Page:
Supreme Court takes up new immigration detention dispute

WASHINGTON (Reuters) - The U.S. Supreme Court on Monday took up a new dispute over the detention of immigrants, agreeing to hear an appeal by President Donald Trump’s administration of a lower court ruling it says hampers the deportation of immigrants who have committed crimes.

FILE PHOTO: Light from the setting sun shines on the Supreme Court in Washington, DC, U.S., January 20, 2018. REUTERS/Joshua Roberts/File Photo

The case, the latest immigration-related dispute to come before the nine justices at a time when the administration has taken a hard line toward immigrants, involves people convicted of criminal offenses who are detained by the government for possible deportation after finishing their sentences.

Under federal immigration law, immigrants who are convicted of certain offenses are subject to mandatory detention during their deportation process. They can be held indefinitely without a bond hearing after completing their criminal sentences.

The San Francisco-based 9th U.S. Circuit Court of Appeals ruled in 2016 that convicted immigrants who are not immediately detained by immigration authorities after finishing their sentences cannot later be placed into indefinite detention awaiting possible deportation. The 9th Circuit decided that immigrants later detained after completing their prison time - sometimes years later - could seek bond hearings to argue for their release.

The administration has stepped up immigration enforcement, making it likely that growing numbers of people will be detained awaiting deportation, and is locked in a fight with so-called sanctuary states and cities that offer protection to illegal immigrants.

At bond hearings, immigrants can argue that they should be released on the basis they are not a danger to society or are not a flight risk.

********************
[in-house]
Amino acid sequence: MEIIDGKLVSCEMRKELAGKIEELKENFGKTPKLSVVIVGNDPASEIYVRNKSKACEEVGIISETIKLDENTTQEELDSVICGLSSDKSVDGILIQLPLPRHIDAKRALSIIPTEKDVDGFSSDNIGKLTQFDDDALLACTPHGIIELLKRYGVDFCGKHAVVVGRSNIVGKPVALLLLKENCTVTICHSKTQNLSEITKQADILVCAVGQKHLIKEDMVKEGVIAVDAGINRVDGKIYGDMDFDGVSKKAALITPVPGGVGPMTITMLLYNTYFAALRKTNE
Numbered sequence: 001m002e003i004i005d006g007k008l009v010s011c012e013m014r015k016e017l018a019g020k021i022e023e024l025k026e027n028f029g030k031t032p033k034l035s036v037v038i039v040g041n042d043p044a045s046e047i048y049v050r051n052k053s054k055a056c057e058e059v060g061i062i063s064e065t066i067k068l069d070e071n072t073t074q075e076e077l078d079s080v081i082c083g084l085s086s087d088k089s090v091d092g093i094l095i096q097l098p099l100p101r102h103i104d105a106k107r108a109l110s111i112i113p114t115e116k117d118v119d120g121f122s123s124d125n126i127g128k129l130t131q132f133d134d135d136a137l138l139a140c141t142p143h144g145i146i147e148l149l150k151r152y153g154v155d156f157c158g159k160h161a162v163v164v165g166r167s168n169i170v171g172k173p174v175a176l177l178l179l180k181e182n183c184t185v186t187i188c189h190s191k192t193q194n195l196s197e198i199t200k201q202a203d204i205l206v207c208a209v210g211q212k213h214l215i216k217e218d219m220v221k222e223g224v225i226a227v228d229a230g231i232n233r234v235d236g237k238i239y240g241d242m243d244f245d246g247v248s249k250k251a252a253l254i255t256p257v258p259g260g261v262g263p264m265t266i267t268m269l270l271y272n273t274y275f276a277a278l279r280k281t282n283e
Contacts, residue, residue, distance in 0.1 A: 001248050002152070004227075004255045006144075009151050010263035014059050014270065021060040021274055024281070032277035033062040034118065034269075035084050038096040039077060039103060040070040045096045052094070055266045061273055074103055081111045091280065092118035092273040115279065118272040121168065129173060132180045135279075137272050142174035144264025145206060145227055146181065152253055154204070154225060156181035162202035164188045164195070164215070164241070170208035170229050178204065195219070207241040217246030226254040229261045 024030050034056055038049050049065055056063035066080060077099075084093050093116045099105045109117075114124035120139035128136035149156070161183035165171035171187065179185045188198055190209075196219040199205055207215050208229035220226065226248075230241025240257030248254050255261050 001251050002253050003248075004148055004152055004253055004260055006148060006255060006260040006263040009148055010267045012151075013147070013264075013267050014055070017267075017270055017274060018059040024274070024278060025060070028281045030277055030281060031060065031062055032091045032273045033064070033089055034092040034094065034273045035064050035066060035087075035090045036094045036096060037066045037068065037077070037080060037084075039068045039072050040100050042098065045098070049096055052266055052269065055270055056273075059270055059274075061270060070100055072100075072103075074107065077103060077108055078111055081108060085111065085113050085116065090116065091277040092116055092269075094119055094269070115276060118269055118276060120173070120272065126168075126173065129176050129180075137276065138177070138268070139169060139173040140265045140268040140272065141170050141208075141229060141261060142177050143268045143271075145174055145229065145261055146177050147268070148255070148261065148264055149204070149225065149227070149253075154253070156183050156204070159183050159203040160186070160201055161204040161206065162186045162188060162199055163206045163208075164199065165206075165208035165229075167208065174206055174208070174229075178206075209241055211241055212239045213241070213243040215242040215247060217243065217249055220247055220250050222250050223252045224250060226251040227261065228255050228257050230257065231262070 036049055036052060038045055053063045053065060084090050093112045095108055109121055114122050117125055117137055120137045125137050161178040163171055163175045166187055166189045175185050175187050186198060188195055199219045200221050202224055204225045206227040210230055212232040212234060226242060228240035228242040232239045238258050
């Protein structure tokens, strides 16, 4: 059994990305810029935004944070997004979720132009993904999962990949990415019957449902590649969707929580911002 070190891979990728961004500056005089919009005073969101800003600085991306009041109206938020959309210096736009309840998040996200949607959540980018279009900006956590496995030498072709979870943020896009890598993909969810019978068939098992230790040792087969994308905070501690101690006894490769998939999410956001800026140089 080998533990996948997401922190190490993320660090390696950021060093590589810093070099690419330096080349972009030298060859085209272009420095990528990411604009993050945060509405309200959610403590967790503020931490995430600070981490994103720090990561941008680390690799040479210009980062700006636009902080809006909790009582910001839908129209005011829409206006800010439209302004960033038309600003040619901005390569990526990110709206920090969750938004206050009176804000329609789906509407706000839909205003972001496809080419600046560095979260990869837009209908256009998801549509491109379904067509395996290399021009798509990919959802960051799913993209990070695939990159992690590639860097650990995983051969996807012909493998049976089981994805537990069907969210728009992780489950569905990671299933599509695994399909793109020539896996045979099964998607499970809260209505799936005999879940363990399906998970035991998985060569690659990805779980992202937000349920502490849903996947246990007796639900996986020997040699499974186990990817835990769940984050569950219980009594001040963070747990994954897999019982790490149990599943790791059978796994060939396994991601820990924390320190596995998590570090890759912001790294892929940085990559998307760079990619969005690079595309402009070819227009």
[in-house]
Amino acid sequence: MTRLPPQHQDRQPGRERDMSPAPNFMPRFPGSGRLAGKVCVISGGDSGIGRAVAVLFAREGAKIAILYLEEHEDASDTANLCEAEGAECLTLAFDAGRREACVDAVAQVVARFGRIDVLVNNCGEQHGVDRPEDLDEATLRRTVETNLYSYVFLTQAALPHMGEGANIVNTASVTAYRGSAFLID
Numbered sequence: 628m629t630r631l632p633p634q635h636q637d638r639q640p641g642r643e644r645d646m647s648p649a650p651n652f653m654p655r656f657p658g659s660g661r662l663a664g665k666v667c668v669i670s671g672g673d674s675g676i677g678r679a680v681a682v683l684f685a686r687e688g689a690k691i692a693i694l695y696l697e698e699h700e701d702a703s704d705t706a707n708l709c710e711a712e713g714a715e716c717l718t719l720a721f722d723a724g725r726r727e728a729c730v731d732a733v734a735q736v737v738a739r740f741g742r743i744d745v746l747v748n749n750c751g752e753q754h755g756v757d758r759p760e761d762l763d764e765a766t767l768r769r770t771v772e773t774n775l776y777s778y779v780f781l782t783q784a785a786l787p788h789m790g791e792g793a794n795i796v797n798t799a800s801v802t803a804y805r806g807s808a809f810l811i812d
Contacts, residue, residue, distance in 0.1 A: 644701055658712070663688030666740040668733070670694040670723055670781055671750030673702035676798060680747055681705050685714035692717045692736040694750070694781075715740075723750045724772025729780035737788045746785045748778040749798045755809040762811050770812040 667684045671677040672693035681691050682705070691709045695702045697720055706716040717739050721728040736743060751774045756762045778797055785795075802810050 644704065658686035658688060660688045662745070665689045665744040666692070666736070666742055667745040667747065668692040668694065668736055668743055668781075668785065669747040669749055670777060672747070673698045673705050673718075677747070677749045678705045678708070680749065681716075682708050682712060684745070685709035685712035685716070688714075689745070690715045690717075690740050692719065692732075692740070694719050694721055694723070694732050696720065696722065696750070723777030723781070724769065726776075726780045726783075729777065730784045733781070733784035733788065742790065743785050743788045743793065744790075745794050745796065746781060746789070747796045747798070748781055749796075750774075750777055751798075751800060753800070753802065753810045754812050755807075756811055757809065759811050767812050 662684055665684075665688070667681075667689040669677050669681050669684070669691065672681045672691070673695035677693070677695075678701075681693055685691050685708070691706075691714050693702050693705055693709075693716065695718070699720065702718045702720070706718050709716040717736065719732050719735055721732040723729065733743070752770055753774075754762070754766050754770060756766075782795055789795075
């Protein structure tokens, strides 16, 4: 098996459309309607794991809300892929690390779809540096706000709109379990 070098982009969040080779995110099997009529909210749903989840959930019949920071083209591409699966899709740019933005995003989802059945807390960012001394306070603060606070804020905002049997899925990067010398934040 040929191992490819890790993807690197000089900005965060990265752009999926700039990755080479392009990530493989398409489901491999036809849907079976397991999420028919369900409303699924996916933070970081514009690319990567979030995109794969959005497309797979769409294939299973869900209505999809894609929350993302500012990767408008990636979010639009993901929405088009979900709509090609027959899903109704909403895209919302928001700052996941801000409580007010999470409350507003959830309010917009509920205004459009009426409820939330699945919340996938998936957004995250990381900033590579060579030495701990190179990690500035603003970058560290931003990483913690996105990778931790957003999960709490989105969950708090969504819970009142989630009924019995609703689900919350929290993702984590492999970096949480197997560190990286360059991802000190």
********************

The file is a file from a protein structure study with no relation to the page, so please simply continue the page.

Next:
“Bond hearings are necessary to prevent pointless and arbitrary detention,” said Michael Tan, a lawyer at the American Civil Liberties Union who represents various immigrants who filed suit.

“There is no reason or authorization for the government to refuse to provide bond hearings to individuals like the class members in this case,” Tan added.

The high court agreed to take up the dispute after ruling in another immigrant detention case on Feb. 27. The justices in that case curbed the ability of immigrants held in long-term detention during deportation proceedings to argue for their release, overturning another 9th Circuit ruling.

The plaintiffs in the new case included two legal U.S. residents involved in separate lawsuits filed in 2013, a Cambodian immigrant named Mony Preap convicted of marijuana possession and a Palestinian immigrant named Bassam Yusuf Khoury convicted of attempting to manufacture a controlled substance.

The law in question states that the government can detain convicted immigrants “when the alien is released” from criminal detention. Civil rights lawyers for two groups of plaintiffs argued that the language of the law shows that it applies only immediately after immigrants are released.

Just as former President Barack Obama’s administration had argued, the Trump administration said the government had the power to detain such immigrants at any time.

The court will hear arguments and decide the case in its next term, which begins in October and ends in June 2019.

Reporting by Lawrence Hurley; Editing by Will Dunham